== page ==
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Double success for the University of Stuttgart: At its meeting on May 17, 2023, the German Research Foundation (DFG) extended funding for the transregional collaborative research center CRC-TRR 161 “Quantitative Methods for Visual Computing” (spokesperson Prof. Daniel Weiskopf, Visualization Research Center of the University of Stuttgart) for another four years. This means that three CRCs and two transregional CRCs with speakerships are located at the University of Stuttgart. CRC-TRR 364 “SynTrac” (speakership: TU Braunschweig) in which the University of Stuttgart is also involved was approved.
Prof. Wolfram Ressel, Rector of the University of Stuttgart, is quite pleased with the decision of the DFG. “The approval of the two transregional CRCs is a great achievement for the University of Stuttgart and gives us a huge boost for the excellence strategy that is starting up. Collaborative research centers and transregional collaborative research centers are flagships of the German scientific landscape and enable our excellent researchers to work on innovative, challenging, and long-term research projects. The current decision of the DFG makes a major contribution to our ability to continue to devote ourselves to important topics of the future together with our partner institutes. Both projects – visual computing and highly integrated aircraft development – clearly contribute to actively shaping the (digital) world of tomorrow.”
CRC-TR 161 “Quantitative Methods for Visual Computing”
CRC-TR 161 aims to facilitate the handling of ever growing amounts of information. Among other things, the researchers are investigating the quality and applicability of computer-based methods for visualizing data in order to customize them. The collaborative project is sponsored by the universities of Stuttgart and Konstanz. The Ludwig-Maximilian University of Munich and the University of Ulm are also involved. SFB-TRR 161 is entering its third funding period and has a volume of EUR 8 million over four years.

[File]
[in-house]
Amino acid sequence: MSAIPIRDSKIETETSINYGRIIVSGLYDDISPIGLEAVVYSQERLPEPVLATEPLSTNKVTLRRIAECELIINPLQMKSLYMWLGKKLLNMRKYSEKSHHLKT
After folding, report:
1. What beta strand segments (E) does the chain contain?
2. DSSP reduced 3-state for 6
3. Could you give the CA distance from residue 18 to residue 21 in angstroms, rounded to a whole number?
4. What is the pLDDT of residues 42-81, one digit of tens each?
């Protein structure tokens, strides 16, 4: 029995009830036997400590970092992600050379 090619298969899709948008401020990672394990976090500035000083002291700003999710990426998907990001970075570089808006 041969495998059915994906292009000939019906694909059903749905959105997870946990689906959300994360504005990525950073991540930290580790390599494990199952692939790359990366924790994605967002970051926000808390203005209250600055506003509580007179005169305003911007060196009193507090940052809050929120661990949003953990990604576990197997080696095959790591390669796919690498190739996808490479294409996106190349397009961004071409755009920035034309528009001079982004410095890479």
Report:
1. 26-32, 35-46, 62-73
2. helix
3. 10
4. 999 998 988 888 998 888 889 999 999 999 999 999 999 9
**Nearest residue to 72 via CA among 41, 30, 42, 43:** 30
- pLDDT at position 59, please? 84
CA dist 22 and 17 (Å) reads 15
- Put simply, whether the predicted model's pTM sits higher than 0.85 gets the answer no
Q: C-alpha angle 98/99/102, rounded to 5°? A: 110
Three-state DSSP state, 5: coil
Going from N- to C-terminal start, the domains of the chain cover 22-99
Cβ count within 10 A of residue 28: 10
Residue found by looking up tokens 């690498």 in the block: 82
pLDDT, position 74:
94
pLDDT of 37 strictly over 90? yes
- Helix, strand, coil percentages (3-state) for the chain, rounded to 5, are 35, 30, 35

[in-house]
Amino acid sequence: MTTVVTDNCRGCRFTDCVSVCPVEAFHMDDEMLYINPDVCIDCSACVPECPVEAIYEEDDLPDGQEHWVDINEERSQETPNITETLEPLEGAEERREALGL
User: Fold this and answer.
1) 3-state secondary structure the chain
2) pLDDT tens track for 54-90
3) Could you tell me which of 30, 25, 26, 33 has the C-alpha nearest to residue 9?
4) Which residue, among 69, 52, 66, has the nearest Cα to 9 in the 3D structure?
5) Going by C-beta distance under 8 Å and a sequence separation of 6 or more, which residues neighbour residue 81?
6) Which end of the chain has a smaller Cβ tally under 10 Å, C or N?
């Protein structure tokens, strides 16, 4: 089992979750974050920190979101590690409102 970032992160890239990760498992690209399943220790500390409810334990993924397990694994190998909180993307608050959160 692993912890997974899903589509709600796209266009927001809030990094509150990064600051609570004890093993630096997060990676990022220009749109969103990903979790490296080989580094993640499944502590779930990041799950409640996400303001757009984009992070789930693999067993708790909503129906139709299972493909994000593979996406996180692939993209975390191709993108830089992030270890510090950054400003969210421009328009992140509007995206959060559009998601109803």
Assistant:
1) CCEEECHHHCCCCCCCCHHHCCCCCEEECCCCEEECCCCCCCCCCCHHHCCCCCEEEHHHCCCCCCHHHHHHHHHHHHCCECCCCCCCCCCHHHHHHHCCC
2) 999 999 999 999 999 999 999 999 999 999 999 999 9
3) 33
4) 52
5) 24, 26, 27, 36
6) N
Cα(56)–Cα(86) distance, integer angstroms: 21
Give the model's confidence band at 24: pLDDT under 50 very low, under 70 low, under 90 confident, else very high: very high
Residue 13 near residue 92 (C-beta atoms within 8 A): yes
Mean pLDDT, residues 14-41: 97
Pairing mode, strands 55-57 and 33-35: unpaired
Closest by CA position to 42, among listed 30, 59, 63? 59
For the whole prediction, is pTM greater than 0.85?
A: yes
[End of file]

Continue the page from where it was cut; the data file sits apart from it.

Visual computing (i.e., the computer-aided processing and display of image information) is used in numerous applications in research, industry, and the private sector (e.g., the visualization of measurement data or simulations, virtual maps and tours, and analysis tools for the medical sector). “CRC-TR 161 brings together experts from the various fields needed for visual computing,” says spokesperson Prof. Daniel Weiskopf. “The results of the first two funding periods demonstrate the overwhelming success of this collaboration. We have contributed to the national and international development of the field and advanced visual computing techniques and their application.”
For example, the 50 or so scientists involved in the joint project have researched how special procedures can be used to reduce the risk of cyber-sickness (i.e., the fatigue and nausea experience after prolonged use of virtual reality). They also investigated what conditions are necessary to combine displays held in the hand by users with devices worn on the head (e.g., VR or AR goggles). The methods developed in CRC-TR 161 were also used in applications for automatically drawing subway maps or researching the collective behavior of cheetahs.
In the third funding period, CRC-TR 161 aims to further improve the methods and approaches developed so far and to integrate them into various applications. Building on the findings from the first two funding periods and current developments, the scientists would also like to devote more attention to new research questions. “In the last four years, for example, immersion has had a big influence on our research. We would therefore like to further expand the area and make mixed reality applications a focus in the third funding period,” says vice speaker Prof. Falk Schreiber from the University of Konstanz. “We will also be looking more closely at how well users understand the phenomena when presented visually.”